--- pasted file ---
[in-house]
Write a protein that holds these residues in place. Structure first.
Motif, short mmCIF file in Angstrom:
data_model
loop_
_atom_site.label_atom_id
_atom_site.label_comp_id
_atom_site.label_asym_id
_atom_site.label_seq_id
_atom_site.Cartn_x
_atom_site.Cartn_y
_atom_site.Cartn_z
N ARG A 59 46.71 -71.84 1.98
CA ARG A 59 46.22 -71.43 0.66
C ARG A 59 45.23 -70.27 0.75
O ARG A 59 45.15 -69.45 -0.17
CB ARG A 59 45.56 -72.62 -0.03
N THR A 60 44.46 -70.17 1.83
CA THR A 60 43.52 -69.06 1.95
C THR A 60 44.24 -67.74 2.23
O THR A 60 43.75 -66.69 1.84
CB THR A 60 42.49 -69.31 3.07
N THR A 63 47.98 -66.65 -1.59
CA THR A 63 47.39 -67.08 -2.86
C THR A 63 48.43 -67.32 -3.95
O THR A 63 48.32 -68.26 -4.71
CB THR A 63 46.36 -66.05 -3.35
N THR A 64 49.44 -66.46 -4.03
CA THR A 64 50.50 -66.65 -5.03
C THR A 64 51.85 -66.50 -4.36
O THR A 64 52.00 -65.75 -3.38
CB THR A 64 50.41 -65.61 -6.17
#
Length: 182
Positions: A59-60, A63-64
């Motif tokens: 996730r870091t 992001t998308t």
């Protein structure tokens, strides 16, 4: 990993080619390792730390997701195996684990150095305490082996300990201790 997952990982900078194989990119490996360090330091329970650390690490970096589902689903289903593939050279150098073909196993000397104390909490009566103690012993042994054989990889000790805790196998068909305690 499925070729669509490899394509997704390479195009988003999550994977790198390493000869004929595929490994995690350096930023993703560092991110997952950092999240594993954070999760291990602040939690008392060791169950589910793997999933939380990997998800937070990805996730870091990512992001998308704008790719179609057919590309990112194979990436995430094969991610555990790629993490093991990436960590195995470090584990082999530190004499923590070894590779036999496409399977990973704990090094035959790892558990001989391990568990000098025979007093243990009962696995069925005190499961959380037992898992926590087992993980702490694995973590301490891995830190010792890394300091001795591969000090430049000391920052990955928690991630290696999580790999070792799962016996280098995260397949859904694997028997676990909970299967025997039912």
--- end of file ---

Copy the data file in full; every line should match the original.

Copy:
[in-house]
Write a protein that holds these residues in place. Structure first.
Motif, short mmCIF file in Angstrom:
data_model
loop_
_atom_site.label_atom_id
_atom_site.label_comp_id
_atom_site.label_asym_id
_atom_site.label_seq_id
_atom_site.Cartn_x
_atom_site.Cartn_y
_atom_site.Cartn_z
N ARG A 59 46.71 -71.84 1.98
CA ARG A 59 46.22 -71.43 0.66
C ARG A 59 45.23 -70.27 0.75
O ARG A 59 45.15 -69.45 -0.17
CB ARG A 59 45.56 -72.62 -0.03
N THR A 60 44.46 -70.17 1.83
CA THR A 60 43.52 -69.06 1.95
C THR A 60 44.24 -67.74 2.23
O THR A 60 43.75 -66.69 1.84
CB THR A 60 42.49 -69.31 3.07
N THR A 63 47.98 -66.65 -1.59
CA THR A 63 47.39 -67.08 -2.86
C THR A 63 48.43 -67.32 -3.95
O THR A 63 48.32 -68.26 -4.71
CB THR A 63 46.36 -66.05 -3.35
N THR A 64 49.44 -66.46 -4.03
CA THR A 64 50.50 -66.65 -5.03
C THR A 64 51.85 -66.50 -4.36
O THR A 64 52.00 -65.75 -3.38
CB THR A 64 50.41 -65.61 -6.17
#
Length: 182
Positions: A59-60, A63-64
């Motif tokens: 996730r870091t 992001t998308t």
């Protein structure tokens, strides 16, 4: 990993080619390792730390997701195996684990150095305490082996300990201790 997952990982900078194989990119490996360090330091329970650390690490970096589902689903289903593939050279150098073909196993000397104390909490009566103690012993042994054989990889000790805790196998068909305690 499925070729669509490899394509997704390479195009988003999550994977790198390493000869004929595929490994995690350096930023993703560092991110997952950092999240594993954070999760291990602040939690008392060791169950589910793997999933939380990997998800937070990805996730870091990512992001998308704008790719179609057919590309990112194979990436995430094969991610555990790629993490093991990436960590195995470090584990082999530190004499923590070894590779036999496409399977990973704990090094035959790892558990001989391990568990000098025979007093243990009962696995069925005190499961959380037992898992926590087992993980702490694995973590301490891995830190010792890394300091001795591969000090430049000391920052990955928690991630290696999580790999070792799962016996280098995260397949859904694997028997676990909970299967025997039912």